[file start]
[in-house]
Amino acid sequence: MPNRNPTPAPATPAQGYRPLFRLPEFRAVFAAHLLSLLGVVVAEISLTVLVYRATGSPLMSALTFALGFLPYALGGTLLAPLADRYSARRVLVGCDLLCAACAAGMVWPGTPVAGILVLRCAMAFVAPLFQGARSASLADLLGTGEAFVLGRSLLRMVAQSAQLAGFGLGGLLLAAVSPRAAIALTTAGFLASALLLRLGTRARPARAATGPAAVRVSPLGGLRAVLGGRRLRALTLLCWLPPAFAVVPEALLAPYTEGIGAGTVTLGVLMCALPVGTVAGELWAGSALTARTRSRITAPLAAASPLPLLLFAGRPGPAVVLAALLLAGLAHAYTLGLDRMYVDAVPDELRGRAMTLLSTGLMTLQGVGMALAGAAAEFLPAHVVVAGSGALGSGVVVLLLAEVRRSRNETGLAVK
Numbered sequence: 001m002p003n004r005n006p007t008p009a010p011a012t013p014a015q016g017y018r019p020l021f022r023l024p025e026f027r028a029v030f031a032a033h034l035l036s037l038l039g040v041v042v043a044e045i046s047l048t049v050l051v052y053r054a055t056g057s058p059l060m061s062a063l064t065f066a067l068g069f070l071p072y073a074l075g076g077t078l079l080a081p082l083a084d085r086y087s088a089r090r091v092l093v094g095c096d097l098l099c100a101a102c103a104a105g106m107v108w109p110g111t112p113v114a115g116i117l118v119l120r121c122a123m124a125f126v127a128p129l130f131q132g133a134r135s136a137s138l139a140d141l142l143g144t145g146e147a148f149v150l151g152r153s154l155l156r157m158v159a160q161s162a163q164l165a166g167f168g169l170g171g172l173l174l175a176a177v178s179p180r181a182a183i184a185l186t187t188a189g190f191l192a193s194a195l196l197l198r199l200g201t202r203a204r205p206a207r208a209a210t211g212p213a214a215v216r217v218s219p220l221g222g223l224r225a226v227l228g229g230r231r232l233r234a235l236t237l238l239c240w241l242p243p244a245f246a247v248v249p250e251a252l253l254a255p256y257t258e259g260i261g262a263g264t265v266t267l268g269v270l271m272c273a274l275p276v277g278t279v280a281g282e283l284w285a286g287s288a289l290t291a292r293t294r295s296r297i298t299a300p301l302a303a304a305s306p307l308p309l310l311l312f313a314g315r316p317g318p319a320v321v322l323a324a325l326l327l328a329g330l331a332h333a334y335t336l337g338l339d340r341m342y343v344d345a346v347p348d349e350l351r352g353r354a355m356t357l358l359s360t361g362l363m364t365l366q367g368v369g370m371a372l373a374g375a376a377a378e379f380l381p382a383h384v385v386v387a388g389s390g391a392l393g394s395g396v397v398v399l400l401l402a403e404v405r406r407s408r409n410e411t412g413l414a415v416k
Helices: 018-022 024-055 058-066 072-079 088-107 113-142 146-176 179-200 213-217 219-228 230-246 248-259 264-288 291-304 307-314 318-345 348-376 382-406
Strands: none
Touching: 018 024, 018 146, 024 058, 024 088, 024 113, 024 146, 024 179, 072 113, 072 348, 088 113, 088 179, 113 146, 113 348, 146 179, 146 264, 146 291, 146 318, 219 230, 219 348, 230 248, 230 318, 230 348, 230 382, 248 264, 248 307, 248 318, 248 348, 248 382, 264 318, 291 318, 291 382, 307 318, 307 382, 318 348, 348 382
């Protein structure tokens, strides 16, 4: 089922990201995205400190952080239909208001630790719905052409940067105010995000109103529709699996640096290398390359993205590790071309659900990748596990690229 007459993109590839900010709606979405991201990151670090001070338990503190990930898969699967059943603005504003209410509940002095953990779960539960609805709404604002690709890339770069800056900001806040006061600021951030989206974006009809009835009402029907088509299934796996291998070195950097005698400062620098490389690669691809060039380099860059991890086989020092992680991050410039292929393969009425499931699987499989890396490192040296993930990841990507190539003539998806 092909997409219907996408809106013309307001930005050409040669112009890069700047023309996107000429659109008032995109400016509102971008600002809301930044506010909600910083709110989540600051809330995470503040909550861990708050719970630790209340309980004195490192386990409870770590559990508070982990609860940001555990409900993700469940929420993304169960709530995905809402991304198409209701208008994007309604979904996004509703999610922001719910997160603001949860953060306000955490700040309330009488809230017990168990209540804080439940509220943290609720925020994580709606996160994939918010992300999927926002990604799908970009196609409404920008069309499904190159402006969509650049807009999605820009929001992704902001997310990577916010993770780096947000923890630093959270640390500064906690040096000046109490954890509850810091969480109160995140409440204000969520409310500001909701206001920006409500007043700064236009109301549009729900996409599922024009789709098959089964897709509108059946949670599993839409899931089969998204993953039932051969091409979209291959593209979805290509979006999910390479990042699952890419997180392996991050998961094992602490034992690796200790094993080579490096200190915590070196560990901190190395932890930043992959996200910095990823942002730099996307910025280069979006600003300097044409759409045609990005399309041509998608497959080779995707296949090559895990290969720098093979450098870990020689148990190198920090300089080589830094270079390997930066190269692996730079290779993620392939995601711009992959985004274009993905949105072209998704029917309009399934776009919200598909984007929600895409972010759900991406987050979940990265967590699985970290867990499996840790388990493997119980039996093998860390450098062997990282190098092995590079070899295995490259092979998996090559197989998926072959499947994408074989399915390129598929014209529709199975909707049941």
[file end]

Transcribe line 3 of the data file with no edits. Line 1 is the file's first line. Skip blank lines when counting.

Numbered sequence: 001m002p003n004r005n006p007t008p009a010p011a012t013p014a015q016g017y018r019p020l021f022r023l024p025e026f027r028a029v030f031a032a033h034l035l036s037l038l039g040v041v042v043a044e045i046s047l048t049v050l051v052y053r054a055t056g057s058p059l060m061s062a063l064t065f066a067l068g069f070l071p072y073a074l075g076g077t078l079l080a081p082l083a084d085r086y087s088a089r090r091v092l093v094g095c096d097l098l099c100a101a102c103a104a105g106m107v108w109p110g111t112p113v114a115g116i117l118v119l120r121c122a123m124a125f126v127a128p129l130f131q132g133a134r135s136a137s138l139a140d141l142l143g144t145g146e147a148f149v150l151g152r153s154l155l156r157m158v159a160q161s162a163q164l165a166g167f168g169l170g171g172l173l174l175a176a177v178s179p180r181a182a183i184a185l186t187t188a189g190f191l192a193s194a195l196l197l198r199l200g201t202r203a204r205p206a207r208a209a210t211g212p213a214a215v216r217v218s219p220l221g222g223l224r225a226v227l228g229g230r231r232l233r234a235l236t237l238l239c240w241l242p243p244a245f246a247v248v249p250e251a252l253l254a255p256y257t258e259g260i261g262a263g264t265v266t267l268g269v270l271m272c273a274l275p276v277g278t279v280a281g282e283l284w285a286g287s288a289l290t291a292r293t294r295s296r297i298t299a300p301l302a303a304a305s306p307l308p309l310l311l312f313a314g315r316p317g318p319a320v321v322l323a324a325l326l327l328a329g330l331a332h333a334y335t336l337g338l339d340r341m342y343v344d345a346v347p348d349e350l351r352g353r354a355m356t357l358l359s360t361g362l363m364t365l366q367g368v369g370m371a372l373a374g375a376a377a378e379f380l381p382a383h384v385v386v387a388g389s390g391a392l393g394s395g396v397v398v399l400l401l402a403e404v405r406r407s408r409n410e411t412g413l414a415v416k